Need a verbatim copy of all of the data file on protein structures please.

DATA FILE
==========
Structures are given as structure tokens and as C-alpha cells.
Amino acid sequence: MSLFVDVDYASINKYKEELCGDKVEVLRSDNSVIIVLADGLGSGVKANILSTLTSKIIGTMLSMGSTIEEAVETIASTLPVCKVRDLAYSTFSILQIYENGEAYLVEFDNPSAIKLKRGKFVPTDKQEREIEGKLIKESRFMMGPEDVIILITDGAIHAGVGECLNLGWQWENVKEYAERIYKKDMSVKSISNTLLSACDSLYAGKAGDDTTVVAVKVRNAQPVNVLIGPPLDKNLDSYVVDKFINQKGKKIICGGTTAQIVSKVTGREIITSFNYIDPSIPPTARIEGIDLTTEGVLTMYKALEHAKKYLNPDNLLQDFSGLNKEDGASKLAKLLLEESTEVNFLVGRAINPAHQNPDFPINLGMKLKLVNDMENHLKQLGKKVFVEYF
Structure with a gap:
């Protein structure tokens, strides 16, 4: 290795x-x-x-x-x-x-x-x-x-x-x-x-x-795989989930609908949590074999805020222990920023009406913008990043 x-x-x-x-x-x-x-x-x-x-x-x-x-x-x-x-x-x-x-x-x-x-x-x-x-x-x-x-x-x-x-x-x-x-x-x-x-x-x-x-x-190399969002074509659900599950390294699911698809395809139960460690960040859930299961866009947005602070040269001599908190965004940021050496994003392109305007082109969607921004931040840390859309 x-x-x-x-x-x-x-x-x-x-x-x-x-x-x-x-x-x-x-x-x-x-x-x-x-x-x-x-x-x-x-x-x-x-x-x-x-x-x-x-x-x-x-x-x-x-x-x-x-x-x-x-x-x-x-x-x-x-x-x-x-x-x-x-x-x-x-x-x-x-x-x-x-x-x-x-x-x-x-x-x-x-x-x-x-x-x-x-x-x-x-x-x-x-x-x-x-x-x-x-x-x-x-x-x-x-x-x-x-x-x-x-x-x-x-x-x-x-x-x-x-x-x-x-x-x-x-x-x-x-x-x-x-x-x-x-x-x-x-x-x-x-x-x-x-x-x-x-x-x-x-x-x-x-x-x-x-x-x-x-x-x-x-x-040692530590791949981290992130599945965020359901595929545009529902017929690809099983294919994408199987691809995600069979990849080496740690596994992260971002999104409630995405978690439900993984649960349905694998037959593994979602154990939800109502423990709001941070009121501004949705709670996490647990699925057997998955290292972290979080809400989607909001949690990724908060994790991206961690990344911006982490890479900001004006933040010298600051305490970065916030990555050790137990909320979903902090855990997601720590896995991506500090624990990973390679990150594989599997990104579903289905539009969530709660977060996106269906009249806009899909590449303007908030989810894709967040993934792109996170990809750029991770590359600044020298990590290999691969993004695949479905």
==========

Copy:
Structures are given as structure tokens and as C-alpha cells.
Amino acid sequence: MSLFVDVDYASINKYKEELCGDKVEVLRSDNSVIIVLADGLGSGVKANILSTLTSKIIGTMLSMGSTIEEAVETIASTLPVCKVRDLAYSTFSILQIYENGEAYLVEFDNPSAIKLKRGKFVPTDKQEREIEGKLIKESRFMMGPEDVIILITDGAIHAGVGECLNLGWQWENVKEYAERIYKKDMSVKSISNTLLSACDSLYAGKAGDDTTVVAVKVRNAQPVNVLIGPPLDKNLDSYVVDKFINQKGKKIICGGTTAQIVSKVTGREIITSFNYIDPSIPPTARIEGIDLTTEGVLTMYKALEHAKKYLNPDNLLQDFSGLNKEDGASKLAKLLLEESTEVNFLVGRAINPAHQNPDFPINLGMKLKLVNDMENHLKQLGKKVFVEYF
Structure with a gap:
């Protein structure tokens, strides 16, 4: 290795x-x-x-x-x-x-x-x-x-x-x-x-x-795989989930609908949590074999805020222990920023009406913008990043 x-x-x-x-x-x-x-x-x-x-x-x-x-x-x-x-x-x-x-x-x-x-x-x-x-x-x-x-x-x-x-x-x-x-x-x-x-x-x-x-x-190399969002074509659900599950390294699911698809395809139960460690960040859930299961866009947005602070040269001599908190965004940021050496994003392109305007082109969607921004931040840390859309 x-x-x-x-x-x-x-x-x-x-x-x-x-x-x-x-x-x-x-x-x-x-x-x-x-x-x-x-x-x-x-x-x-x-x-x-x-x-x-x-x-x-x-x-x-x-x-x-x-x-x-x-x-x-x-x-x-x-x-x-x-x-x-x-x-x-x-x-x-x-x-x-x-x-x-x-x-x-x-x-x-x-x-x-x-x-x-x-x-x-x-x-x-x-x-x-x-x-x-x-x-x-x-x-x-x-x-x-x-x-x-x-x-x-x-x-x-x-x-x-x-x-x-x-x-x-x-x-x-x-x-x-x-x-x-x-x-x-x-x-x-x-x-x-x-x-x-x-x-x-x-x-x-x-x-x-x-x-x-x-x-x-x-x-040692530590791949981290992130599945965020359901595929545009529902017929690809099983294919994408199987691809995600069979990849080496740690596994992260971002999104409630995405978690439900993984649960349905694998037959593994979602154990939800109502423990709001941070009121501004949705709670996490647990699925057997998955290292972290979080809400989607909001949690990724908060994790991206961690990344911006982490890479900001004006933040010298600051305490970065916030990555050790137990909320979903902090855990997601720590896995991506500090624990990973390679990150594989599997990104579903289905539009969530709660977060996106269906009249806009899909590449303007908030989810894709967040993934792109996170990809750029991770590359600044020298990590290999691969993004695949479905």